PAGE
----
A field can have almost any name: "Book Title", "This Is The Book Title", "My Book Titles", etc. Some of your fields will have only tinny data, like a person's age, the number of books in an office, a person’s middle initial, etc, it might not be a good idea to give them a name that would take too much space. In the future, when you start programming, it would be easier to handle field names that are composed of only one word, without an empty space.

To name a field, first figure out what the data in the category will be made of. If you are planning to enter employees' salaries in a field, you can just call the field Salary. If you want to specify employees’ names by first name, middle name, and last name, you can use such field names and make them distinct. In this case, you could name the first field as firstname (in one word), the last name would be called lastname. Although this good technique allows you to use one word name, some people including yourself might be confused. The suggestion is to distinguish wherever a new English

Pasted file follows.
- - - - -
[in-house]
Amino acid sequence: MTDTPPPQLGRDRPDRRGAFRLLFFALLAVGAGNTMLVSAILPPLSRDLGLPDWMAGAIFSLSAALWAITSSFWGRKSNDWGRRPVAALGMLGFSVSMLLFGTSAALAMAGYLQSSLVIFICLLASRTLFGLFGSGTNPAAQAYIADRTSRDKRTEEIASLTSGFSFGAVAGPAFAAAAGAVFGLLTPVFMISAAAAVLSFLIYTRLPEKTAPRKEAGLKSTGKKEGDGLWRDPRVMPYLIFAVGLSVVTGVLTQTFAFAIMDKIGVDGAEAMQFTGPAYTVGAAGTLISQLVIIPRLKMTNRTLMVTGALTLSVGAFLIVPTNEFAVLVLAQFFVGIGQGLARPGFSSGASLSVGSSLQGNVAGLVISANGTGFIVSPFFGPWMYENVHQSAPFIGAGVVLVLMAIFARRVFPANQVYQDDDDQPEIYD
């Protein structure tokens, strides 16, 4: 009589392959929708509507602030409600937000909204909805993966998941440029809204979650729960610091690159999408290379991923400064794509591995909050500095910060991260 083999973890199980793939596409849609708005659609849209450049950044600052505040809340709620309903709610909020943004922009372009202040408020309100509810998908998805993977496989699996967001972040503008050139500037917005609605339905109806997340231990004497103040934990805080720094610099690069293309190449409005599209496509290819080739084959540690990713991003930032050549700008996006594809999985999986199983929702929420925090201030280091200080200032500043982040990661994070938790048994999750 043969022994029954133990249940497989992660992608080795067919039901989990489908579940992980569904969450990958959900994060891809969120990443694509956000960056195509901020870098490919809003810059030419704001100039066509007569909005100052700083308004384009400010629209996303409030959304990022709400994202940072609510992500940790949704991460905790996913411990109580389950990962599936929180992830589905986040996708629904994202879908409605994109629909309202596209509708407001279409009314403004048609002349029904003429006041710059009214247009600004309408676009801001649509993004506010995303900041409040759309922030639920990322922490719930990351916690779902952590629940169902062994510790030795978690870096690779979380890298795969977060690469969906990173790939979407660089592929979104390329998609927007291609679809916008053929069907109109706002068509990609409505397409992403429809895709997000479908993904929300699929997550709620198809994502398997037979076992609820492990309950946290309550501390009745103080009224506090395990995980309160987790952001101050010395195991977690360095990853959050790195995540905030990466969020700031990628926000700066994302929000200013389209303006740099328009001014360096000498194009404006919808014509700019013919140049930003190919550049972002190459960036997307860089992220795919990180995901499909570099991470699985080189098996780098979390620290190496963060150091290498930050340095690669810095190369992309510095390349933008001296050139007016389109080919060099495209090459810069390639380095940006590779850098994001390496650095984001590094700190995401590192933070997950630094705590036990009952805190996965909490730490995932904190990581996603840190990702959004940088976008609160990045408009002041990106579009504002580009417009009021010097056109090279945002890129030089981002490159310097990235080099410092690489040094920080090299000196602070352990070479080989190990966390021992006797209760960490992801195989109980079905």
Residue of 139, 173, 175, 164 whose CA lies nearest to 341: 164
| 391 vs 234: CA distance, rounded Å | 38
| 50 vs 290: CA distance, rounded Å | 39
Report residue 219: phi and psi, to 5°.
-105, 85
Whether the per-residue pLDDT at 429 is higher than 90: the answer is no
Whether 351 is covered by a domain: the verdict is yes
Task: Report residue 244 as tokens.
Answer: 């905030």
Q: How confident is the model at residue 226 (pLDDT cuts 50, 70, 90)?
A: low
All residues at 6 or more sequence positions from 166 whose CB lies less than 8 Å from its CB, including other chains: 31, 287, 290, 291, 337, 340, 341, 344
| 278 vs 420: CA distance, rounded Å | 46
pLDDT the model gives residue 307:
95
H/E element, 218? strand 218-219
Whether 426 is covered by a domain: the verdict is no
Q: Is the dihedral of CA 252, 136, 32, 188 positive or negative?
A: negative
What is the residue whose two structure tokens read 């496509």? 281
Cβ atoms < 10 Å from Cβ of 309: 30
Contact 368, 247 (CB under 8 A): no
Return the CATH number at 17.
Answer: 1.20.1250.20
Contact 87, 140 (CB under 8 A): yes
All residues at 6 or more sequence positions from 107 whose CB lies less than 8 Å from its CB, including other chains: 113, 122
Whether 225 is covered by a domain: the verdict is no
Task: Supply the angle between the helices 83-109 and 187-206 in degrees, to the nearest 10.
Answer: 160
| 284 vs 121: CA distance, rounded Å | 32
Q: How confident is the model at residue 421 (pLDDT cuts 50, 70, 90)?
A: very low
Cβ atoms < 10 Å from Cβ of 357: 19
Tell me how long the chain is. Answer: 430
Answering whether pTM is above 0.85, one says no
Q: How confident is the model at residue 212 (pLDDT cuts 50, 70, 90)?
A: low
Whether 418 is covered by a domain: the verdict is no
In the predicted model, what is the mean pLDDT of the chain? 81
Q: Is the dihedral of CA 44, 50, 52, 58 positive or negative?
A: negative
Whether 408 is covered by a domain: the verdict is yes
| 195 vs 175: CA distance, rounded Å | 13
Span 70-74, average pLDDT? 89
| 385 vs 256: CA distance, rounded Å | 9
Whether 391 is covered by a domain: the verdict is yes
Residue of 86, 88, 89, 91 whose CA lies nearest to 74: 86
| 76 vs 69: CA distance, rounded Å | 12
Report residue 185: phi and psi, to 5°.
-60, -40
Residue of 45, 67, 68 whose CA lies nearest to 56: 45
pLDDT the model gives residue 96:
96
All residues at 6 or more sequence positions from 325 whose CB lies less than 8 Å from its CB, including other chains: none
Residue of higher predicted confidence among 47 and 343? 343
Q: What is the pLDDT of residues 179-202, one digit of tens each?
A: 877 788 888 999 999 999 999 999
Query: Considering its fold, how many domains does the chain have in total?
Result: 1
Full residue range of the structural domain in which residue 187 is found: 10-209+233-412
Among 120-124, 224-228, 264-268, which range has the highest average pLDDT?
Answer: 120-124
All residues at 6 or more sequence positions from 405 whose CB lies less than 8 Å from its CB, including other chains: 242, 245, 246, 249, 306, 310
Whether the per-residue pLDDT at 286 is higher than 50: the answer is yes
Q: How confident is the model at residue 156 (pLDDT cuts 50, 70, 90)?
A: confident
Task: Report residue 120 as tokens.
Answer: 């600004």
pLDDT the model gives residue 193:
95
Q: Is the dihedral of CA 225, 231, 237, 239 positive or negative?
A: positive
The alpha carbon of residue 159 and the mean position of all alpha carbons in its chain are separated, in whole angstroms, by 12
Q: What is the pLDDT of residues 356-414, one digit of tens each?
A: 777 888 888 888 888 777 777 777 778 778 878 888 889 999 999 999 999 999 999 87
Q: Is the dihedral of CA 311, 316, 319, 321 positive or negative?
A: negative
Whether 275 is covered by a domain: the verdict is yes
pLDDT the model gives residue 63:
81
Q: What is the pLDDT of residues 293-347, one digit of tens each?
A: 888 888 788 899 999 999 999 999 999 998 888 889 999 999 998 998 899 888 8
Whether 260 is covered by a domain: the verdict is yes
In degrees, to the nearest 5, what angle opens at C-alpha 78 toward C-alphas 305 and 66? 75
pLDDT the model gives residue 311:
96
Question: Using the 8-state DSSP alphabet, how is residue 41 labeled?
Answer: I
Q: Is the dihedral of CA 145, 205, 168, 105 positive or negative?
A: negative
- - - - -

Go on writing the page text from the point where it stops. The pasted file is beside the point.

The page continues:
(or the language you are using to design your database) name starts in the field name, by using a starting uppercase. Instead of firstname, you can use FirstName. Instead of fullname, you can use FullName. Instead of firstdayofmonth, you can use FirstDayOfMonth.

To change the name of a field, you can click its column header, such as Field1. You can also right-click a column and click Rename Column. Alternatively, when any cell under a column has focus, on the main menu, you can click Format -> Rename Column and type the new desired name.

Practical Learning: Naming Datasheet Fields

  1. Double-click the header of the first field: Field1. When it is highlighted, type OrderDate and press Enter